Characterization of heat shock protein-specific T cells in atherosclerosis

Ford, Pauline, Gemmell, Erica, Walker, Philip, West, Malcolm, Cullinan, Mary and Seymour, Gregory (2005) Characterization of heat shock protein-specific T cells in atherosclerosis. Clinical And Diagnostic Laboratory Immunology, 12 2: 259-267. doi:10.1128/CDLI.12.2.259-267.2005

Author Ford, Pauline
Gemmell, Erica
Walker, Philip
West, Malcolm
Cullinan, Mary
Seymour, Gregory
Title Characterization of heat shock protein-specific T cells in atherosclerosis
Journal name Clinical And Diagnostic Laboratory Immunology   Check publisher's open access policy
ISSN 1071-412X
Publication date 2005-02
Sub-type Article (original research)
DOI 10.1128/CDLI.12.2.259-267.2005
Volume 12
Issue 2
Start page 259
End page 267
Total pages 9
Editor S. D. Douglas
Place of publication Washington
Publisher American Society for Microbiology
Collection year 2005
Language eng
Abstract A role for infection and inflammation in atherogenesis is widely accepted. Arterial endothelium has been shown to express heat shock protein 60 (HSP60) and, since human (hHSP60) and bacterial (GroEL) HSP60s are highly conserved, the immune response to bacteria may result in cross-reactivity, leading to endothelial damage and thus contribute to the pathogenesis of atherosclerosis. In this study, GroEL-specific T-cell lines from peripheral blood and GroEL-, hHSP60-, and Porphyromonas gingivalis-specific T-cell lines from atherosclerotic plaques were established and characterized in terms of their cross-reactive proliferative responses, cytokine and chemokine profiles, and T-cell receptor (TCR) V beta expression by flow cytometry. The cross-reactivity of several lines was demonstrated. The cytokine profiles of the artery T-cell lines specific for GroEL, hHSP60, and P. gingivalis demonstrated Th2 phenotype predominance in the CD4 subset and Tc0 phenotype predominance in the CD8 subset. A higher proportion of CD4 cells were positive for interferon-inducible protein 10 and RANTES, with low percentages of cells positive for monocyte chemoattractant protein 1 and macrophage inflammatory protein la, whereas a high percentage of CD8 cells expressed all four chemokines. Finally, there was overexpression of the TCR V beta 5.2 family in all lines. These cytokine, chemokine, and V beta profiles are similar to those demonstrated previously for P. gingivalis-specific lines established from periodontal disease patients. These results support the hypothesis that in some patients cross-reactivity of the immune response to bacterial HSPs, including those of periodontal pathogens, with arterial endothelial cells expressing hHSP60 may explain the apparent association between atherosclerosis and periodontal infection.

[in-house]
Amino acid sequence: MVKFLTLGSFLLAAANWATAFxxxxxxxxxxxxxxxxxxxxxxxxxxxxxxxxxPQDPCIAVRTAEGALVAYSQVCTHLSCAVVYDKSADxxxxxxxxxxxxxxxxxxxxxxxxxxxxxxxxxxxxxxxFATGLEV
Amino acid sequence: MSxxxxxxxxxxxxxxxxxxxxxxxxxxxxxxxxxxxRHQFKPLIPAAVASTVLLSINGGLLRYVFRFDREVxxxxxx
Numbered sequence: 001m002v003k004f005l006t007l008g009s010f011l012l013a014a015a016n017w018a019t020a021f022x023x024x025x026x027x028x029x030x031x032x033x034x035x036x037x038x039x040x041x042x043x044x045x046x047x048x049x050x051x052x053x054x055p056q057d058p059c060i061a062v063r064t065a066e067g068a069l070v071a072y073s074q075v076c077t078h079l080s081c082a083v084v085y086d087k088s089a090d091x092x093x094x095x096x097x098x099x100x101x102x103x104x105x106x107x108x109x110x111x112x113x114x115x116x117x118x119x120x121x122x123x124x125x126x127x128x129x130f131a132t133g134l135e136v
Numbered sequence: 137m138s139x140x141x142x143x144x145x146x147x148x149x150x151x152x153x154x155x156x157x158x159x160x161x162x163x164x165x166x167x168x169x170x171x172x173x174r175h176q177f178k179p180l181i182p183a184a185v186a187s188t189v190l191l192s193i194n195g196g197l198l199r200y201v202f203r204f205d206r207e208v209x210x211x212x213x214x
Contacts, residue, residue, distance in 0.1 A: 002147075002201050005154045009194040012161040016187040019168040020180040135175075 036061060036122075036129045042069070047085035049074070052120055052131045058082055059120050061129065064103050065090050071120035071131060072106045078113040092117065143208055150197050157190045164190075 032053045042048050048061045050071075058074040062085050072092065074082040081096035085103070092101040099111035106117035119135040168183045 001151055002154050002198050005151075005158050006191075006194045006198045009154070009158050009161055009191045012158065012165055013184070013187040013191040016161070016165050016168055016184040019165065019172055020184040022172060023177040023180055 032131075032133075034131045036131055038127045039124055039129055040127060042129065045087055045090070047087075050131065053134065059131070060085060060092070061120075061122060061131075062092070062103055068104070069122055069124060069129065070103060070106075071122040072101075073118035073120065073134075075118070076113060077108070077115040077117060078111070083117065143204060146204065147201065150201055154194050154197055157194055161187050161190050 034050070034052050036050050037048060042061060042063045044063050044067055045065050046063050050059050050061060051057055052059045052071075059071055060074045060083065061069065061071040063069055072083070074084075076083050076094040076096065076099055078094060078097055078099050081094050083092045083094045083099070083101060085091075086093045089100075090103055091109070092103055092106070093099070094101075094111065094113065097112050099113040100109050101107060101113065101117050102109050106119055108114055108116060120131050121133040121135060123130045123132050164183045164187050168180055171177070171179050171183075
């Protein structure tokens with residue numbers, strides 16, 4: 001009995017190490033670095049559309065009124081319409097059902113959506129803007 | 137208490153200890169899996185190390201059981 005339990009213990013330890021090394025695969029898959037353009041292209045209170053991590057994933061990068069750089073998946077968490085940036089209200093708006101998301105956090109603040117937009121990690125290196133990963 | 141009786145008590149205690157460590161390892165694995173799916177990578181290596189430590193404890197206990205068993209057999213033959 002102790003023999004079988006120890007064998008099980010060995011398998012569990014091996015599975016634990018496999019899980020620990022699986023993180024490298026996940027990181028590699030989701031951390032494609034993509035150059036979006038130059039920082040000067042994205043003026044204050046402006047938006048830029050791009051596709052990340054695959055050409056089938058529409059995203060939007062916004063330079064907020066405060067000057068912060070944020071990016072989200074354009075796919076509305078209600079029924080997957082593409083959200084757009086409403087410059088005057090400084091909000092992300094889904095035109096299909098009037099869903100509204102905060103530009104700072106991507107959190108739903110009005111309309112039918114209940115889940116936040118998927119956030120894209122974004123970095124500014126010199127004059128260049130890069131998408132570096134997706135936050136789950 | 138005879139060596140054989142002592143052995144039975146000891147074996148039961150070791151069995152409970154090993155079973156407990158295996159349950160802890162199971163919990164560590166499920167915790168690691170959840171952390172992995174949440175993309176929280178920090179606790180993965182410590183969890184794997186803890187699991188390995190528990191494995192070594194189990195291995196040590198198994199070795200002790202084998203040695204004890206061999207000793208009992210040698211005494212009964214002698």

Keyword Immunology
Infectious Diseases
Periodontitis Patients
Atheromatous Plaques
Cxc Chemokines
Q-Index Code C1

Document type: Journal Article
Sub-type: Article (original research)
Collections: Excellence in Research Australia (ERA) - Collection
2006 Higher Education Research Data Collection
School of Dentistry Publications
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Citation counts: TR Web of Science Citation Count  Cited 33 times in Thomson Reuters Web of Science Article | Citations
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Created: Wed, 15 Aug 2007, 05:32:07 EST